Muscle Stimulators, Do They Work? (cont.)
Question: What does FDA regulation accomplish?
Answer: Firms that market EMS devices are required to comply with appropriate FDA
premarket regulatory requirements before they may legally sell their devices.
The firm must be able to demonstrate that these devices are as safe and as
effective as similar devices that are legally marketed. Devices may only be
marketed for uses that are established for the device or for uses that the firm
can support with data. At this time, FDA is not aware of scientific information
to support many of the promotional claims being made for numerous devices being
widely promoted on television, infomercials, newspapers, and magazines.
Question: Why should I select an electrical muscle stimulator that is legally
marketed according to FDA regulations?
Answer: Electrical Muscle Stimulators that have not met FDA premarket requirements
are illegal, and the FDA has not determined whether or not they are properly
designed, manufactured, and labeled to provide reasonable assurance that they
are safe and effective.
Question: Does that mean that it's unsafe to use an electrical muscle stimulator
that has not met FDA requirements?
Answer: Using a product that has not met FDA requirements isn't necessarily unsafe
or dangerous. But it could be. FDA has received reports of shocks, burns,
bruising, skin irritation, pain, and interference with other critically
important medical devices (e.g., pacemakers) associated with the use of
unregulated products. Unregulated devices also may have safety problems
associated with cables and leads that can lead to accidental shock and
electrocution by users and other household members, including children.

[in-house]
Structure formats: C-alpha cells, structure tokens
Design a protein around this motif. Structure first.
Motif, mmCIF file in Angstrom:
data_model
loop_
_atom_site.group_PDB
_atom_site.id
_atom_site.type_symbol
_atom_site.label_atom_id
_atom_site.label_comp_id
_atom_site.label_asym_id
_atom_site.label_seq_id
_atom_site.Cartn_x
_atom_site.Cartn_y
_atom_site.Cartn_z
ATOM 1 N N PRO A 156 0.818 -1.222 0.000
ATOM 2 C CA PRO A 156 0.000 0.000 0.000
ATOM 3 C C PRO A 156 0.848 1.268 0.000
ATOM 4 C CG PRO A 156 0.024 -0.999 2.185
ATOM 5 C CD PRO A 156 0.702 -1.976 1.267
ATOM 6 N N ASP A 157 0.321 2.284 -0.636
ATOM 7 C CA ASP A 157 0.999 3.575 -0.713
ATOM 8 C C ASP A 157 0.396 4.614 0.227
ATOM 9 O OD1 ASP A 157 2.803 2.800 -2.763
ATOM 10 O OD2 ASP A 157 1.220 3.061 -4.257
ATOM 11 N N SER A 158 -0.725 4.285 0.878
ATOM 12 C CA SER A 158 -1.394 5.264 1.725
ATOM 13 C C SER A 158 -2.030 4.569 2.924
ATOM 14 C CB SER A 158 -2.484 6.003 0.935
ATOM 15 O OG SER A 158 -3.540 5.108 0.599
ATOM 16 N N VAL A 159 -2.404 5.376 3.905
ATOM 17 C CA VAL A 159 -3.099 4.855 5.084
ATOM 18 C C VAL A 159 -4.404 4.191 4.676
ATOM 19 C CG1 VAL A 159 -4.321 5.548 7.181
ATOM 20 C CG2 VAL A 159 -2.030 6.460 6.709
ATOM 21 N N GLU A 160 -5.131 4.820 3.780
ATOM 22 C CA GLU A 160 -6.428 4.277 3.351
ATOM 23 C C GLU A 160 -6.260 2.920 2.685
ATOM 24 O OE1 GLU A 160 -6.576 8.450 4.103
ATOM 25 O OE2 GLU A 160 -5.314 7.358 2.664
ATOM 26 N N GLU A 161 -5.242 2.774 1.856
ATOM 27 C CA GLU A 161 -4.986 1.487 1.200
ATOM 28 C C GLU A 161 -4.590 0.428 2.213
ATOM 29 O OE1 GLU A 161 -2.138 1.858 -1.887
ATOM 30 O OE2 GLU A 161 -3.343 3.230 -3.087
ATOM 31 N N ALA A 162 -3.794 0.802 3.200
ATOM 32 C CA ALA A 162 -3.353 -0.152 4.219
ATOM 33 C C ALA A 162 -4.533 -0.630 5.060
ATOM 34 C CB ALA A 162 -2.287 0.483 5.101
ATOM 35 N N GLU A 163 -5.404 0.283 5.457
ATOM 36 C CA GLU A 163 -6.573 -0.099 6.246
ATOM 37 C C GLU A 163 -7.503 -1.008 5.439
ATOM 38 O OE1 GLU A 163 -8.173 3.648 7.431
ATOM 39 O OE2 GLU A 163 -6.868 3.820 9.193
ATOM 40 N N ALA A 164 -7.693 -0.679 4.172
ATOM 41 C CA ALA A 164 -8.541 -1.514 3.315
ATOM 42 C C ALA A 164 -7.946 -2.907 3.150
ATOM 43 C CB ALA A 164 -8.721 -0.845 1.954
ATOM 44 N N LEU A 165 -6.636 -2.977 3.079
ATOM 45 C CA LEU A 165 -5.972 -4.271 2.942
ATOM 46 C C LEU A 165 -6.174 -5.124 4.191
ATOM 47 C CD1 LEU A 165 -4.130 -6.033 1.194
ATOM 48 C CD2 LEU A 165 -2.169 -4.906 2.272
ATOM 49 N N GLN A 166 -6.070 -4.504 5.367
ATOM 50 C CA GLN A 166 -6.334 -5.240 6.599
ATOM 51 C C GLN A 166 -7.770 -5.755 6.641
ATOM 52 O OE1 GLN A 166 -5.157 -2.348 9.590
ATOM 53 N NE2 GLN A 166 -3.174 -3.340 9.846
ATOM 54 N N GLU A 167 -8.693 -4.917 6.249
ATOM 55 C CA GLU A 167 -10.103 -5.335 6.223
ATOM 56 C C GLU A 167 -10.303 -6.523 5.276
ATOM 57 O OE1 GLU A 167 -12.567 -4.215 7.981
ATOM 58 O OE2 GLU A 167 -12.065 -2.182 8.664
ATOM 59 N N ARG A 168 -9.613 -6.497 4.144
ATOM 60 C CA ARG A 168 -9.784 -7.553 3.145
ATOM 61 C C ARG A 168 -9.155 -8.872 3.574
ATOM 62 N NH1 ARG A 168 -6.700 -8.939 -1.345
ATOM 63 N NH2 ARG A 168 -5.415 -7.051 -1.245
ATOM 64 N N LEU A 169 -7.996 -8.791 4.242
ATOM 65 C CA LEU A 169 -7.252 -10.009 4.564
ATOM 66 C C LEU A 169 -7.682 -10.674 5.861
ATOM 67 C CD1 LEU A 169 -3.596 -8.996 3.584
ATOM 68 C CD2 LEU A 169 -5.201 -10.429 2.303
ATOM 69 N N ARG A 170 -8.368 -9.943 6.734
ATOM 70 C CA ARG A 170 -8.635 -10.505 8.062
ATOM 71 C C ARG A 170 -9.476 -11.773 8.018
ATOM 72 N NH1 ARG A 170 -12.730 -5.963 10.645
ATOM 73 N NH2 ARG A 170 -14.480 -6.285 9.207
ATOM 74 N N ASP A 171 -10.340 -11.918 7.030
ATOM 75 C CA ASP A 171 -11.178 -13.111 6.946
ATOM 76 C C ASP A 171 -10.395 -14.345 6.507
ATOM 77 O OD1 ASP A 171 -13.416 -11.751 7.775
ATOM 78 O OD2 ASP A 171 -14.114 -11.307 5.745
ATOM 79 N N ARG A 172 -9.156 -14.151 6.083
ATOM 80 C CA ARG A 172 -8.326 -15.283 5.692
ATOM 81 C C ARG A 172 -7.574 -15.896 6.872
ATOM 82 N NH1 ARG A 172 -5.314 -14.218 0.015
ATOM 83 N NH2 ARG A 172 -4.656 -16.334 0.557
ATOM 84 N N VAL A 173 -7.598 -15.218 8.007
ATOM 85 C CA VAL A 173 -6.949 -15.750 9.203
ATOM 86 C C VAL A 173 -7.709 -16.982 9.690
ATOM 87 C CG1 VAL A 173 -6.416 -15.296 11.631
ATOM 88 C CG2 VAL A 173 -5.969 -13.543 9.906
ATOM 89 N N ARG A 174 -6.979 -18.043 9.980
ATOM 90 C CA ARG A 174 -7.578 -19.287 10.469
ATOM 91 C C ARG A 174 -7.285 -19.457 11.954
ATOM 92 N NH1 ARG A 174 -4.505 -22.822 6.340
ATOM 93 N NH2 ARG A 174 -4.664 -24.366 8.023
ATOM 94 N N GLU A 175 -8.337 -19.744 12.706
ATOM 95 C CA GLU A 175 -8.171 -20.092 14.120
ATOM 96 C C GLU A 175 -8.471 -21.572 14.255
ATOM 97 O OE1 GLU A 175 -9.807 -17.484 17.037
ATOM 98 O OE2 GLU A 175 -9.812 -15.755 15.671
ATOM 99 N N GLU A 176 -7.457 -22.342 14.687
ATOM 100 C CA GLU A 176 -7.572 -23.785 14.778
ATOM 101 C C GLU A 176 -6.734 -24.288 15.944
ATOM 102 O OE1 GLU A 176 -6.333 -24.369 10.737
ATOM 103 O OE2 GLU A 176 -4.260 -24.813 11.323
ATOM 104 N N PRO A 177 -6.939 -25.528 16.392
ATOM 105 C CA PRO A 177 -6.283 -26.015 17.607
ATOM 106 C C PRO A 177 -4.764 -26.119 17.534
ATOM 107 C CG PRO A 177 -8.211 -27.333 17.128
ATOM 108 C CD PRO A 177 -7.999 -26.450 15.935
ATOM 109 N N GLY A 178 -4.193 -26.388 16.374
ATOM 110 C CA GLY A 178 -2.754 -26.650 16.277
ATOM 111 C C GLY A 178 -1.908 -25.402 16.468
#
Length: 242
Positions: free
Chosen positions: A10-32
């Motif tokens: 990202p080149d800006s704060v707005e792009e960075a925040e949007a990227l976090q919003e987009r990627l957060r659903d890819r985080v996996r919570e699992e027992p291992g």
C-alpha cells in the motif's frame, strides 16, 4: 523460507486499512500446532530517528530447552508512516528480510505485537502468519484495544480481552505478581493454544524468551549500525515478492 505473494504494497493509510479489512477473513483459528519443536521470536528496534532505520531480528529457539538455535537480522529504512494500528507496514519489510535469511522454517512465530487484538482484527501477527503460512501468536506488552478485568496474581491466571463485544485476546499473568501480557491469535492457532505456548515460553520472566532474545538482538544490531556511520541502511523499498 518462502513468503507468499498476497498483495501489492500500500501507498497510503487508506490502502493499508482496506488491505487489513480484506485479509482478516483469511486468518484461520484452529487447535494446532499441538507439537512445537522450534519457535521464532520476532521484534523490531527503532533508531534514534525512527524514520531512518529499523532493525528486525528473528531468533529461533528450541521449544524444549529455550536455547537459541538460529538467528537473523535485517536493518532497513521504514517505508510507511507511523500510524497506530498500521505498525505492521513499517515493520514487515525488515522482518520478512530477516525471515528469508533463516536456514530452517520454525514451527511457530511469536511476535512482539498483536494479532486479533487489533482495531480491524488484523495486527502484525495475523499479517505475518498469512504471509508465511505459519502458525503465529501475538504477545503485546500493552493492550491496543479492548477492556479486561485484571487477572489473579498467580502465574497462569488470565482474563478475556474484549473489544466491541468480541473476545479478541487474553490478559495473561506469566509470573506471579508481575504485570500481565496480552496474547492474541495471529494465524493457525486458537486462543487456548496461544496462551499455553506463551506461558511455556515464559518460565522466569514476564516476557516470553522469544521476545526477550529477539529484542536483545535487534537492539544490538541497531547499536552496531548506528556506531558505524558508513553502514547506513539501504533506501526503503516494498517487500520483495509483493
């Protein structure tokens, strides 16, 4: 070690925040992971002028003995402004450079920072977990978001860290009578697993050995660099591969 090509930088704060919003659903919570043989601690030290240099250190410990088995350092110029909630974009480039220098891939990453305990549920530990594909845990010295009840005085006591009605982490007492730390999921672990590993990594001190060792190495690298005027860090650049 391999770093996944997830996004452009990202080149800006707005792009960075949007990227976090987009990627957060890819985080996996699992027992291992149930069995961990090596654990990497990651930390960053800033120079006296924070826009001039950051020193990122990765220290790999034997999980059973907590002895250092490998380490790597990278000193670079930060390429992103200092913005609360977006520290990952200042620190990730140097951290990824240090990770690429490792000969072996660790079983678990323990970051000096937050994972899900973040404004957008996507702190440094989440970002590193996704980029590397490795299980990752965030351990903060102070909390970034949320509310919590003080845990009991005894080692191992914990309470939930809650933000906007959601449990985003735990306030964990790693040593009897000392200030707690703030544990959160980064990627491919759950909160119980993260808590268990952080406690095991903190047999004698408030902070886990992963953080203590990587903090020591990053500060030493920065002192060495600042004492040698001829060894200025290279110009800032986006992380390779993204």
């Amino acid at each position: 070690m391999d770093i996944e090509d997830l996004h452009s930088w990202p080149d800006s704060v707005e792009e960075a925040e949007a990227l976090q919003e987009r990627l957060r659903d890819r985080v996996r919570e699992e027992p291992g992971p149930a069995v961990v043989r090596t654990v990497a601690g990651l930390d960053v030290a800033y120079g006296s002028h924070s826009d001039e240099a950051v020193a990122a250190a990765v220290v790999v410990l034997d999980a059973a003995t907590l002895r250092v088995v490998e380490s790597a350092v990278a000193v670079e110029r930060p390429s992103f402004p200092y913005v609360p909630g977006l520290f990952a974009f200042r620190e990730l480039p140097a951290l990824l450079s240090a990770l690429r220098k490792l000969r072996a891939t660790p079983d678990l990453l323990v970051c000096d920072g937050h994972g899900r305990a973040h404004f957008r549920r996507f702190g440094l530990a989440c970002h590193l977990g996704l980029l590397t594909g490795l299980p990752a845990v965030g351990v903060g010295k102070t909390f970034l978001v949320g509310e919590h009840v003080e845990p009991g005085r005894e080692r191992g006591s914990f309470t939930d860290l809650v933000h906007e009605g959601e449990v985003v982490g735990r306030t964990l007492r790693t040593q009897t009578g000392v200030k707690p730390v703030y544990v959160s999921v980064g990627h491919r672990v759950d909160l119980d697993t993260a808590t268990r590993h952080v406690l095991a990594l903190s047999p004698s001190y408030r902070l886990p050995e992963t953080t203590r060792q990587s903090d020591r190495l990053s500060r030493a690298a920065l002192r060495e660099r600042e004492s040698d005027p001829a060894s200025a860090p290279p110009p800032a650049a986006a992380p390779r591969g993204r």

Question: If I use an electrical muscle stimulator that has met FDA regulatory
requirements, will it give me the same kind of effect that lots of sit-ups,
stomach crunches and other abdominal exercises will?
Answer: Using these devices alone will not give you "six-pack" abs.
Applying electrical current to muscles may cause muscles to contract.
Stimulating muscles repeatedly with electricity may eventually result in muscles
that are strengthened and toned to some extent but will not, based on currently
available data, create a major change in your appearance without the addition of
diet and regular exercise.
Question: But hasn't FDA cleared electrical muscle stimulators to treat medical
Answer: Yes. The FDA has cleared many electrical muscle stimulators for
prescription use in treating medical conditions. Doctors may use electrical
muscle stimulators for patients who require muscle re-education, relaxation of
muscle spasms, increased range of motion, prevention of muscle atrophy, and for
treating other medical conditions which usually result from a stroke, a serious
injury, or major surgery. Again, the effect of using these devices is primarily
to help a patient recover from impaired muscle function due to a medical
condition, not to increase muscle size enough to affect appearance.